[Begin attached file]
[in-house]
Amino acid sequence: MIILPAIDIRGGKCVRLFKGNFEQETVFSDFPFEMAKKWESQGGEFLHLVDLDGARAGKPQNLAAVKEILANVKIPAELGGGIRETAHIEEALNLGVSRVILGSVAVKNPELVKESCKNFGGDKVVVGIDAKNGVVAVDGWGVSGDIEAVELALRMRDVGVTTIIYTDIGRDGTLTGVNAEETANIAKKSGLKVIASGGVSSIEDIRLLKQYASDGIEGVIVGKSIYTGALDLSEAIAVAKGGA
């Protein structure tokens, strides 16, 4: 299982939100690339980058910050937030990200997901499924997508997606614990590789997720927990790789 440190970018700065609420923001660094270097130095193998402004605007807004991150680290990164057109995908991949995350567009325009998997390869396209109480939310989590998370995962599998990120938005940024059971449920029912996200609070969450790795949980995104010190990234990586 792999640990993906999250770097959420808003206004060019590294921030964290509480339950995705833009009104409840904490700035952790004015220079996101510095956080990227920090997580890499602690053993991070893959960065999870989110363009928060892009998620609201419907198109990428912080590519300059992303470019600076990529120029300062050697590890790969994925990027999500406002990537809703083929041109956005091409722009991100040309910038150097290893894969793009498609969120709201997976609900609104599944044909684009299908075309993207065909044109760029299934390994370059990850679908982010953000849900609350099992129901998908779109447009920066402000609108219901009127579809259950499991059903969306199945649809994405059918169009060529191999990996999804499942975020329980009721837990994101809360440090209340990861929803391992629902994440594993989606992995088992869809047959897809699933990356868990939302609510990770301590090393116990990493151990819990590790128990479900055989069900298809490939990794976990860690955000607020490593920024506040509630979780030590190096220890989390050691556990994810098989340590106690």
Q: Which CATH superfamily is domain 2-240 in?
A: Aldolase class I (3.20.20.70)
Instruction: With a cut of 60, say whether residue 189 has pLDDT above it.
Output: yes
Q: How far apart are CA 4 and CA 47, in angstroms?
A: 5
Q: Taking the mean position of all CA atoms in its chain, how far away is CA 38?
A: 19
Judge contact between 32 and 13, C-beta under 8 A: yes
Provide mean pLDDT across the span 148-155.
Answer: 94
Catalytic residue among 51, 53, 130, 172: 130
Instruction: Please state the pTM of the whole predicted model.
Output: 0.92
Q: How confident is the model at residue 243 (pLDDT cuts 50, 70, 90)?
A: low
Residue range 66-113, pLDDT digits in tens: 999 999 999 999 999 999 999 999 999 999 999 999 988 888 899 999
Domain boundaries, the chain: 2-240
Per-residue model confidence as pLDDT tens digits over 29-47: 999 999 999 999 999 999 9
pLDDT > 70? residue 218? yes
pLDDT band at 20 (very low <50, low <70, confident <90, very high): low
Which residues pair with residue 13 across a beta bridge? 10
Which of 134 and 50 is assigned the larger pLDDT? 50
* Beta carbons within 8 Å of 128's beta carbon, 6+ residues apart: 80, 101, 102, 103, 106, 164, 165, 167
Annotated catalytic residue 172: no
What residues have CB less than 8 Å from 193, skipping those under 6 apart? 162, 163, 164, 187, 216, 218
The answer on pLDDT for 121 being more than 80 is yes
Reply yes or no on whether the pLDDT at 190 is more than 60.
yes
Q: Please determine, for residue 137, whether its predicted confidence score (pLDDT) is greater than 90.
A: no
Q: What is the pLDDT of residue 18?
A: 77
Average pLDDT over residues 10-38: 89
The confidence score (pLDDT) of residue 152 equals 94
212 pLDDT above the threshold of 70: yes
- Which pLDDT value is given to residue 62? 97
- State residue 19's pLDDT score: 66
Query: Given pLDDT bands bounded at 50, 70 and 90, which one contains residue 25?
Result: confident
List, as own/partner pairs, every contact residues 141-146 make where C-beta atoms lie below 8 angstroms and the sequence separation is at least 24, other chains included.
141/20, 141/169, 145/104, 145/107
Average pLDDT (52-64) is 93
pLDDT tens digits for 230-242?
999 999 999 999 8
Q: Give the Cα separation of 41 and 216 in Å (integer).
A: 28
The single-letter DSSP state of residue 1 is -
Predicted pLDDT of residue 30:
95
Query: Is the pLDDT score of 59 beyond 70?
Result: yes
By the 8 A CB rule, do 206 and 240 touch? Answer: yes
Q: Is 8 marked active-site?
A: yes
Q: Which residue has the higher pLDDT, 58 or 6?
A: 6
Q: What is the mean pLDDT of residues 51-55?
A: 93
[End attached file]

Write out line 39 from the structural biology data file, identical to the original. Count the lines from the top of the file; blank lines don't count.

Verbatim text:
212 pLDDT above the threshold of 70: yes